Some 85% of the remaining hotel mini-bars now come equipped with built-in electronic sensors and scales to detect when items have been removed or tampered with. Other companies, like eRoomSystem Technologies, offer hotels state-of-the-art beverage safes that automatically charge guests using a system of infrared sensors. The mini-bar, writes The Atlantic, has morphed into “a supermax prison for sodas and candy.”
A mini-bar warns of what will happen if you tamper with its sensors; via Nic Walker
In this newfangled system, a sensor is placed beneath each snack, and if any change in presence is detected, the item’s value is tacked on as “incidental” fees on the bill. Often, the highly sensitive nature of these rigs results in faulty charges.
One journalist staying at a DoubleTree hotel in Chicago reported incurring six such charges, ranging from $6.06 to $7.72, for merely picking up treats from the mini-bar. Many hotels also now openly display snacks on scale-equipped trays, imploring the guest to give them a once-over. At the Wynn in Las Vegas, snack-stuffed trays are perched atop the mini-bar, and when an item is fondled by a curious guest, its value is automatically added to the bill, even if it isn’t consumed.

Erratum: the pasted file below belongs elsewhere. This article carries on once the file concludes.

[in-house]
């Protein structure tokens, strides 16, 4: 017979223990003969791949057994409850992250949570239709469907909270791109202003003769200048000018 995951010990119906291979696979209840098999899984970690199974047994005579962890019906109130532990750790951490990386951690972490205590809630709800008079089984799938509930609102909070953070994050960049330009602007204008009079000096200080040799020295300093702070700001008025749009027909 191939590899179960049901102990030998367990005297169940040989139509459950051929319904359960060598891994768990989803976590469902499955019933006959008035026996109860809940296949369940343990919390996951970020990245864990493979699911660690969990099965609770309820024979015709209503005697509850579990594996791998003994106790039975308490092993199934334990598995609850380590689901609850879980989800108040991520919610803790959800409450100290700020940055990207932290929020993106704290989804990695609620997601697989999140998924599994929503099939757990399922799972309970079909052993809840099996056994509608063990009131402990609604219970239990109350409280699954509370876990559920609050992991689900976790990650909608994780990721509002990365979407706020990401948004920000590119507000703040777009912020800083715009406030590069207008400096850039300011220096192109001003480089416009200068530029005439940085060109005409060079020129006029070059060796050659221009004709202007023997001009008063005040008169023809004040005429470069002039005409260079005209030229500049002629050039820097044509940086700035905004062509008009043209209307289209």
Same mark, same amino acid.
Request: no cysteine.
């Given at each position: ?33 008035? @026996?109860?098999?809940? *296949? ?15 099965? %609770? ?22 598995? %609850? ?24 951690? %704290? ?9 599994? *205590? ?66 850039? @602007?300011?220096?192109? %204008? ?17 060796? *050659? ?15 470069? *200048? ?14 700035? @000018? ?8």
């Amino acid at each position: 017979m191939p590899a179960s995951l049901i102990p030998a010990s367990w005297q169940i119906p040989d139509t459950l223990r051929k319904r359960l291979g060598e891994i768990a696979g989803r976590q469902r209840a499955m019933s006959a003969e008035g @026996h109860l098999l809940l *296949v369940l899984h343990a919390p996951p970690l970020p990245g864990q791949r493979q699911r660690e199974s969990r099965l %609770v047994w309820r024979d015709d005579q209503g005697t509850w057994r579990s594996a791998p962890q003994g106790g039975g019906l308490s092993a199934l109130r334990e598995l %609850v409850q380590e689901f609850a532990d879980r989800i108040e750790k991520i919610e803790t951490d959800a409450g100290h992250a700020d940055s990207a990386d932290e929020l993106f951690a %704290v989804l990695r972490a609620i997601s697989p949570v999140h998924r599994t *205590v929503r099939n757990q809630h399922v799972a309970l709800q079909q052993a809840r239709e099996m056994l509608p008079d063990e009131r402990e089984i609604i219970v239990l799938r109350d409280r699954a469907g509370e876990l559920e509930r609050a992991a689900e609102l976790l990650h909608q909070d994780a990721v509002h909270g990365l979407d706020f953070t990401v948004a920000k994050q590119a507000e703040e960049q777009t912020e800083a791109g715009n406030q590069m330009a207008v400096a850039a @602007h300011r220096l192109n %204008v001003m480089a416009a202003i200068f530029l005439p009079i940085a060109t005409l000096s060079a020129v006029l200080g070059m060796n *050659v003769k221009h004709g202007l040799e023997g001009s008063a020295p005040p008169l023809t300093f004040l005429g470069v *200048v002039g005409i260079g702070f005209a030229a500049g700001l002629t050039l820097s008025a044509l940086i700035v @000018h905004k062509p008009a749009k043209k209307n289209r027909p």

“Nine times out of 10, it just means something was picked up and put back,” a hotel insider told the Milwaukee Journal Sentinel in an interview. “No computer is a foolproof system. You always need human interaction.”
More often than not, it is the guest’s responsibility to check over her bill and ensure that she hasn’t been inappropriately charged. Jacob Tomsky, who worked at a major hotel chain for more than a decade, writes that, as a front desk clerk, mini-bar charges were “without question, the most disputed charges” on any bill:
“The process for applying these charges is horribly inexact. Keystroke errors, delays in restocking, double stocking, and hundreds of other missteps make mini-bar charges the most voided item. Even before guests can manage to get through half of the ‘I never had those items’ sentence, I have already removed the charges and am now simply waiting for them to wrap up the overly zealous denial so we can both move on with our lives.”
Still, these efforts have not curbed the costs for hotels that continue to equip rooms with mini-bars. It seems dubious that anything — whether it be a $13 bag of nuts, or a system of sensors — can stop the fate of the mini-bar. And most hotel frequenters couldn’t care less.